Keep cholesterol in the healthy range

The recommended ranges for optimal cholesterol levels are usually classified as desirable when below 200mg/dL, borderline high at 200-239 and high at 240 and above.

A naturally occurring substance made by the liver, cholesterol is required by the body for the proper function of hormones, nerves and cells.

Cholesterol is normally kept in balance, but an unhealthy diet which is high in hydrogenated fats and refined carbohydrates can disrupt this delicate balance, leading to increased cholesterol levels. This imbalance produces an elevated LDL (bad cholesterol) and low HDL (good cholesterol), which increases the risk of heart attack or stroke. Other causes can include physical inactivity, stress, hypothyroidism and diabetes.

However, not all cholesterol is created equal. LDL cholesterol, also known as “bad cholesterol,” is the form that can build up on the artery walls and increase your risk of heart disease.

HDL cholesterol, on the other hand, is often called “good cholesterol” because it travels through the bloodstream, removing harmful cholesterol from the arteries to help enhance heart health.

Here are some ways to lower cholesterol naturally with foods you can enjoy:
Olive oil - Loaded with heart-healthy unsaturated fats, extra-virgin olive oil has been shown to reduce bad LDL cholesterol levels to enhance heart health.

Seeds - Varieties such as the nutritious flaxseeds have been shown to reduce both total and LDL cholesterol levels to keep your heart healthy.

Lecithin granules - Lecithin (derived from soy beans) acts as an emulsifier which helps dissolve fat and cholesterol. Sprinkle one tablespoon on breakfast cereal, salads or in smoothies. Have up to three teaspoons a day.

Sweet potatoes - These sweet and tasty vegetables contain several health-promoting proteins and compounds that have been shown to decrease cholesterol in animal models.

Green tea - Rich in antioxidants and catechins, green tea is one of the healthiest beverages that you can add to your routine. Drinking green tea can decrease levels of total and LDL.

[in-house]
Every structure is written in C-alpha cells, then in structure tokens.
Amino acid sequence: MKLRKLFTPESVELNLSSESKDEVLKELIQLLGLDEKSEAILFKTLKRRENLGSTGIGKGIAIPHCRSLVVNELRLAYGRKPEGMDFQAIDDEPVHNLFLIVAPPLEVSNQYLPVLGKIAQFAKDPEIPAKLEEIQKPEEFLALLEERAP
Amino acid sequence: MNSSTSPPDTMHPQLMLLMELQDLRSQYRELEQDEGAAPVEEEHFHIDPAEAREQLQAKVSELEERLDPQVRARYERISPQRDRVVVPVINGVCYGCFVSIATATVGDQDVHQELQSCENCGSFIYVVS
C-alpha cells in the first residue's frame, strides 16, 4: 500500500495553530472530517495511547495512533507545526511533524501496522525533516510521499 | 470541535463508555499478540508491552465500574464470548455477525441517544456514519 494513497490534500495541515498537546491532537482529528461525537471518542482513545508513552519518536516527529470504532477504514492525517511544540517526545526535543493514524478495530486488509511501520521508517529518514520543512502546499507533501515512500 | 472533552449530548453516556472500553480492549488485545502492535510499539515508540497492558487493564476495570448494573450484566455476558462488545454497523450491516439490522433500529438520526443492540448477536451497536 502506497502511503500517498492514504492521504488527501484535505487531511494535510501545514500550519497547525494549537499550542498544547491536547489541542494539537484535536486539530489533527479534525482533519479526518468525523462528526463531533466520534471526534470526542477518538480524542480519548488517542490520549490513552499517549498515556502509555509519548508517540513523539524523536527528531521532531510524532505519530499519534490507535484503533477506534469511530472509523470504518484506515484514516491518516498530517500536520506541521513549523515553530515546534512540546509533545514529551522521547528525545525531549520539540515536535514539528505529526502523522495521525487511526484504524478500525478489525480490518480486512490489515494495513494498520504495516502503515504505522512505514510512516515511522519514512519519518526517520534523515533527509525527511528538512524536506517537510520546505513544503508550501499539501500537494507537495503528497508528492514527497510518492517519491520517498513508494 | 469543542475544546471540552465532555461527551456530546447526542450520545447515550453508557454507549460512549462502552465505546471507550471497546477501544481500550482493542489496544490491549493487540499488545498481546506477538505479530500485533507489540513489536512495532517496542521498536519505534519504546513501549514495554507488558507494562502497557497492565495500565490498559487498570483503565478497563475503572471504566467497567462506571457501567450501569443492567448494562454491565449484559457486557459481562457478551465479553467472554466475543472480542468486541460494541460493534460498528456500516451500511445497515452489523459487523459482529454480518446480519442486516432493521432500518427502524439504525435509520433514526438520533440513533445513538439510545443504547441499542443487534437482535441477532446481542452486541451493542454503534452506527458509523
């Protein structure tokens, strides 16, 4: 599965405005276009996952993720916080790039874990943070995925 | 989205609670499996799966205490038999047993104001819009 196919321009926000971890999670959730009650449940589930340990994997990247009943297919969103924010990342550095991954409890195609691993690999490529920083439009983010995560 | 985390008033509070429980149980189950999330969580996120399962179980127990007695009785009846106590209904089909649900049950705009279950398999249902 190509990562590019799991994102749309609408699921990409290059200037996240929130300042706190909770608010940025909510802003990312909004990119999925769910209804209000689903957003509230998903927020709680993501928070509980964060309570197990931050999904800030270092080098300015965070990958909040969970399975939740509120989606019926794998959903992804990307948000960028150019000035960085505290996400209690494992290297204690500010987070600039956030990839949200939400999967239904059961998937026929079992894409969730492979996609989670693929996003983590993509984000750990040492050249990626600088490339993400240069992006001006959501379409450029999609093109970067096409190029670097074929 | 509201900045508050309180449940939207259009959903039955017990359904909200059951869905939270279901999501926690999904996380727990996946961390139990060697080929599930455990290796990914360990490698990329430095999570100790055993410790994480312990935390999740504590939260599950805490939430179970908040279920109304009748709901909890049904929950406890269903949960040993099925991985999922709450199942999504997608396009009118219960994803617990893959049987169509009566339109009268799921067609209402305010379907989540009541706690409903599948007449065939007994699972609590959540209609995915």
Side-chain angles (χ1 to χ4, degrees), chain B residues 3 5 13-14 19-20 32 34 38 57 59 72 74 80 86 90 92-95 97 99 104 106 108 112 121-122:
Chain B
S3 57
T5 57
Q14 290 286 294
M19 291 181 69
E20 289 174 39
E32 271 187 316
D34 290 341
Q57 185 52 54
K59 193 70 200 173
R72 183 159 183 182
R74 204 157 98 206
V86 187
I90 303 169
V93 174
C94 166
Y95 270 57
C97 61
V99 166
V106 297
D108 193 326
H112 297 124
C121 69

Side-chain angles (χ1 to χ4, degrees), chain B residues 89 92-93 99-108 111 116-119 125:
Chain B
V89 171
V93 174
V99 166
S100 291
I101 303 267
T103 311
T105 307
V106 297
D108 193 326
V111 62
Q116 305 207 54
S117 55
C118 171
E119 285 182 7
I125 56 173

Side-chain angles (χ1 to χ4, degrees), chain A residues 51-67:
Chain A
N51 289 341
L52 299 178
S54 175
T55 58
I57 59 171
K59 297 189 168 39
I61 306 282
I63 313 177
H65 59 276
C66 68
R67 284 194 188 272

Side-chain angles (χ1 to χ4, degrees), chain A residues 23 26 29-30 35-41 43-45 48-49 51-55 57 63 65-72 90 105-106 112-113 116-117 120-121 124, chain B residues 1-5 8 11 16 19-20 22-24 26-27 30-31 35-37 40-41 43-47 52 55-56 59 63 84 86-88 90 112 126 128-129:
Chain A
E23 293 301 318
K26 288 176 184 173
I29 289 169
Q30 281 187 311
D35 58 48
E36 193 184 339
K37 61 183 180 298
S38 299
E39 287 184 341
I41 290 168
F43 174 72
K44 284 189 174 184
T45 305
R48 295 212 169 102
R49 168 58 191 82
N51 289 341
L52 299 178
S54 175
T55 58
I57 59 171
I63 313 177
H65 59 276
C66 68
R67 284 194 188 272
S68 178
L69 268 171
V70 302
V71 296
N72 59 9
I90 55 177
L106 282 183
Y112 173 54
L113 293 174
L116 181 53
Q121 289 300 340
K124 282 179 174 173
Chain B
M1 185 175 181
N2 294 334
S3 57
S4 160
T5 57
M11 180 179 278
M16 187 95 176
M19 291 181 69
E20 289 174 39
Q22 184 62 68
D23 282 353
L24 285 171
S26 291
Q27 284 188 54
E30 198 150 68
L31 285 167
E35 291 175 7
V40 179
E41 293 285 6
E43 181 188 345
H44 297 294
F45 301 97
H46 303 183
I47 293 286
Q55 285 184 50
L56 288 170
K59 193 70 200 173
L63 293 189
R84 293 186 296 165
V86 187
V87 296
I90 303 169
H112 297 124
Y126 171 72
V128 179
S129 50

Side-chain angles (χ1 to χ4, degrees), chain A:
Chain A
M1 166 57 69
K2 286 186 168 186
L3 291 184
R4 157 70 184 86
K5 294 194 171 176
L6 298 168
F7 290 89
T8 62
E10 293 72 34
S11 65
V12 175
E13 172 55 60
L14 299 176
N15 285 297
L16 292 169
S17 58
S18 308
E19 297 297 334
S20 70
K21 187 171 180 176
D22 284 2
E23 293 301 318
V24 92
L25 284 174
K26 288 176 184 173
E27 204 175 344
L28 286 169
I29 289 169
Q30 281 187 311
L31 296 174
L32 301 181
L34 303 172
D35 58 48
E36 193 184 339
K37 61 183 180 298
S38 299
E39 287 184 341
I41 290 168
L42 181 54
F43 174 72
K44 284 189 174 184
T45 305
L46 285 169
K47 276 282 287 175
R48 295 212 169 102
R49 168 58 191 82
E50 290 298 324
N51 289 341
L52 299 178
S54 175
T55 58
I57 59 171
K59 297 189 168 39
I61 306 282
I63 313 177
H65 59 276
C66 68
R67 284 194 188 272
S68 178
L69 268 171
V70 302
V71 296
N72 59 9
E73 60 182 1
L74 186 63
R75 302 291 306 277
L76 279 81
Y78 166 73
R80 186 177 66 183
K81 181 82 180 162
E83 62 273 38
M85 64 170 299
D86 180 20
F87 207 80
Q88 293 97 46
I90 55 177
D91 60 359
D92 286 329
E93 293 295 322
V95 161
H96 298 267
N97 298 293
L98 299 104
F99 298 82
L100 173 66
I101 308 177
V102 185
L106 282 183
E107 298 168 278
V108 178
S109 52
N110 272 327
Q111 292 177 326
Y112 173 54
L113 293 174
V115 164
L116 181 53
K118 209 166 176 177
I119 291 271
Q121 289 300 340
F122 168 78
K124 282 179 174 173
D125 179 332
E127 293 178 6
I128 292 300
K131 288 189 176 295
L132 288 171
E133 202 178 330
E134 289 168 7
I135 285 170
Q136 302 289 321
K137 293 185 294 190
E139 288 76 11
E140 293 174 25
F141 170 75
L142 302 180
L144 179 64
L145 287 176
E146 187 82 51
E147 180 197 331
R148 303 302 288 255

Avocados - Avocados are high in healthy fats, potassium and fibre, all of which can help to keep cholesterol under control. They have been shown to increase levels of good HDL cholesterol, and can also reduce total and bad LDL cholesterol as well.

Foods to Avoid:
Sugar and refined carbohydrates - Added sugar and refined carbs from highly processed foods can reduce your desirable cholesterol ratio by decreasing good cholesterol levels in the blood

Transfats - Found in processed and pre-packaged baked foods, transfats can increase LDL cholesterol, decrease HDL cholesterol and boost the risk of heart disease.  Try to cut these unhealthy fats out of your diet completely by minimizing your intake of processed foods.

Supplements to include:
Fish oil (1000-2000mg daily) – Jam-packed with heart-healthy omega-3 fatty acids, fish oil can be especially beneficial if fish doesn’t always make it into your weekly dinner menu. It is effective at increasing levels of good HDL in the blood, to clear out LDL from the arteries.
COQ10 (200-300mg daily) - Coenzyme Q10 has been shown to be useful in lowering cholesterol levels. It works by removing excess cholesterol and preventing atherosclerosis to keep your arteries clear.
Niacin (Vit B3) - (1500mg daily) – This Vitamin is commonly used in the treatment of high cholesterol. Niacin has been shown to reduce triglycerides and lower levels of LDL cholesterol, whilst also increasing beneficial HDL cholesterol levels as well.
Red yeast rice (1200mg twice daily) - Derived from white rice that has undergone fermentation.  One analysis of 13 studies showed that red yeast rice was effective at decreasing both triglycerides and LDL cholesterol.
Aged garlic (500mg daily) - In addition to adding garlic to your diet, you may also want to consider adding an aged garlic extract such as Kyolic garlic to your supplement regime. Aged garlic extract, in particular, has been shown to have cholesterol-lowering properties in both human and animal studies.
Trudy Kither is a registered naturopath. Visit